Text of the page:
Some camera gimbals are Bluetooth compatible and pair with smartphone apps. If you shoot footage like timelapses, for example, a Bluetooth compatible gimbal controlled with a smartphone app can be very helpful.

What are other considerations for choosing a gimbal?

An important consideration is your shooting style and how long you generally shoot as these two factors will help determine what the best camera gimbal is for you. Before making your purchase, think about the total weight of the gimbal plus your camera and battery life, as well as general features.

For example, a wedding videographer who covers ceremonies and receptions may favor camera gimbals that allow for two-handed operation with a 1/4-inch mount for a tripod. Meanwhile, a travel vlogger who is continuously on adventures may prefer a lighter gimbal that includes a battery pack to charge their camera while on the move.

How We Reviewed

man filming using camera with gimbal

When looking for the best camera gimbals available, we took a look at well-reviewed camera gimbals for smartphones as well as for DSLR and mirrorless cameras. We took into consideration what people had to say about each gimbal and its features, including weight and handgrips.

Price Range

In general, camera gimbals can range in price from $ for budget smartphone models to over $$$ for professional grade gimbals for DSLRs and mirrorless cameras. The camera gimbals on our list range from $ to $$ online.

​The Best Camera Gimbals

These are the gimbals that made our list in no particular order:

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  • Type: 3-axis motorized gimbal
  • Camera Type: Smartphone (iPhone)
  • Price range: $ to $$ online

A consumer offshoot of the Freefly Movi professional camera gimbals, the Freefly Movi Cinema Robot is a smartphone gimbal for iPhone. Unlike most gimbals, which are more stick-like in shape, the Movi Cinema Robot has a different profile with a long handle holding the gimbal at a right angle. The Cinema Robot’s unique shape makes it usable on flat surfaces without a tripod however it also does come with a 1/4-inch connector for tripod use.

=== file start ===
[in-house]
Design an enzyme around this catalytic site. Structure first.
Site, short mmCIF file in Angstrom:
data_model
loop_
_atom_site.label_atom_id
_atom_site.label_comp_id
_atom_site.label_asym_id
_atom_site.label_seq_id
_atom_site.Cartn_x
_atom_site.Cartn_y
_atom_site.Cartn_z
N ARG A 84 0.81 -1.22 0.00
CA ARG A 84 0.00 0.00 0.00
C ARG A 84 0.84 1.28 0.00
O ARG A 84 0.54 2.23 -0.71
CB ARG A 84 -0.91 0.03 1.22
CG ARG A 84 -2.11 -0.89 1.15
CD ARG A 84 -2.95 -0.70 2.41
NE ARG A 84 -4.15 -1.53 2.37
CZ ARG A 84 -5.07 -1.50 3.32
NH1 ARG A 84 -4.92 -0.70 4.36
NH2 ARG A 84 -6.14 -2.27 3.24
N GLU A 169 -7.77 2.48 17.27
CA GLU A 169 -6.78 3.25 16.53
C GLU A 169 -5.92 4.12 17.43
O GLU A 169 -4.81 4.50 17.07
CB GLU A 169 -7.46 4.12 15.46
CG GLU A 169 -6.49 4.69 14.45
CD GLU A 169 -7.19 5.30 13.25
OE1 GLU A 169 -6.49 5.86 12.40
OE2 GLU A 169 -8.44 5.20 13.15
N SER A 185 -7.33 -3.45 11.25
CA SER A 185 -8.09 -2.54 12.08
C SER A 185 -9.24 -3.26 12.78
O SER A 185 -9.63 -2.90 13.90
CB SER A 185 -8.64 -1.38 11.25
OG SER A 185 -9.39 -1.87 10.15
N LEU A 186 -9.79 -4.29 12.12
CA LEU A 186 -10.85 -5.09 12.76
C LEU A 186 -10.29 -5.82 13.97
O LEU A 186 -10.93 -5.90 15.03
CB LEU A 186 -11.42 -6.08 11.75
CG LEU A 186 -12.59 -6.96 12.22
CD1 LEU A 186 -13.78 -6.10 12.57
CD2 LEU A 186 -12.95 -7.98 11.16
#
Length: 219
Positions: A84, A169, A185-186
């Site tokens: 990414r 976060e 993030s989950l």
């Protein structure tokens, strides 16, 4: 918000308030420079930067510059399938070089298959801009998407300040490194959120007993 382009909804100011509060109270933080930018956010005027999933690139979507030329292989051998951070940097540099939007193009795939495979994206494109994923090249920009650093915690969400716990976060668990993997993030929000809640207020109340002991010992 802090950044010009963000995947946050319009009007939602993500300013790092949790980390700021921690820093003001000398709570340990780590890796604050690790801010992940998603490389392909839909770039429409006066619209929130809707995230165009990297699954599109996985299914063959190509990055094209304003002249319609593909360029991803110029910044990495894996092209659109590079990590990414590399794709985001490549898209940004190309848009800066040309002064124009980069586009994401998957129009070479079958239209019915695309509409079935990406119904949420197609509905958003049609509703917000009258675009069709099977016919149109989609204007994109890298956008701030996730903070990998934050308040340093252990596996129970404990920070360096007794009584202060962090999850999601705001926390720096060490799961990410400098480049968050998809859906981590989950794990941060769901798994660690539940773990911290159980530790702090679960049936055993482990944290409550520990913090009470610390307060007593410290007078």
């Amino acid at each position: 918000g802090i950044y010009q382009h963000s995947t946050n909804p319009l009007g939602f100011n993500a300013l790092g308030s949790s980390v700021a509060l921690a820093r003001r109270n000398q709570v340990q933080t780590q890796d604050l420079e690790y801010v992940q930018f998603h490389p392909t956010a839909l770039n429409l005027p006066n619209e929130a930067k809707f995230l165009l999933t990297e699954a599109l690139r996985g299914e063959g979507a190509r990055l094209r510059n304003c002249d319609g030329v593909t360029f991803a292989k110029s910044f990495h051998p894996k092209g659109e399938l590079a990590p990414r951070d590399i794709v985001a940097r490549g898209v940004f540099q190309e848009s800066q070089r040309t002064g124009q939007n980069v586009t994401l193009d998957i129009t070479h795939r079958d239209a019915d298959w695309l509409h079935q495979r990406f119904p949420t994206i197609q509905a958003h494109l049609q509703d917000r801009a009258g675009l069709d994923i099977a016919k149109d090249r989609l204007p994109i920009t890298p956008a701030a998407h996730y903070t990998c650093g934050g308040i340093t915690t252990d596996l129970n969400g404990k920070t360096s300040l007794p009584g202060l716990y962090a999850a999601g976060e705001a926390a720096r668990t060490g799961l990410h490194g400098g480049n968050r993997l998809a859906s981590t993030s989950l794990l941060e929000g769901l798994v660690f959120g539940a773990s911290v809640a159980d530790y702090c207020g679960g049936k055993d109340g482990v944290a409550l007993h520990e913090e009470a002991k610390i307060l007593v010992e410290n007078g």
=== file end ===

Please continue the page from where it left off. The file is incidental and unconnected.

Through the Movi app, you have access to a variety of different shooting modes including time and movie lapses, as well as barrel rolls and a proprietary Echo mode.

The Freefly Movi is available online from B&H Photo, Amazon, and Adorama, receiving high ratings on all three store websites. Other reviewers like Digital Trends also like the Freefly Movi, noting that its good for advanced users. YouTube camera channel Moment reviewers also liked the Freefly Movi, saying that its features appealed to their filmmaker sensibilities.

The Digital Trends review does point out that the Movi is plastic but “feels very solid and well made.” The Movi Cinema Robot is that as of September 2018, it is only for the iPhone. However, the official website notes that an Android app is in the works.

DJI Osmo 2

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  • Type: 3-axis motorized gimbal
  • Camera Type: Smartphone (iPhone, Android)
  • Price range: $  - $$ online

The DJI Osmo 2 is a smartphone camera gimbal for iPhone. It includes several key programs including timelapse, motion lapse, slow-mo, and zoom control. The battery on the Osmo 2 can last up to 12 hours and can also charge your smartphone, making it ideal for mobile livestreaming applications.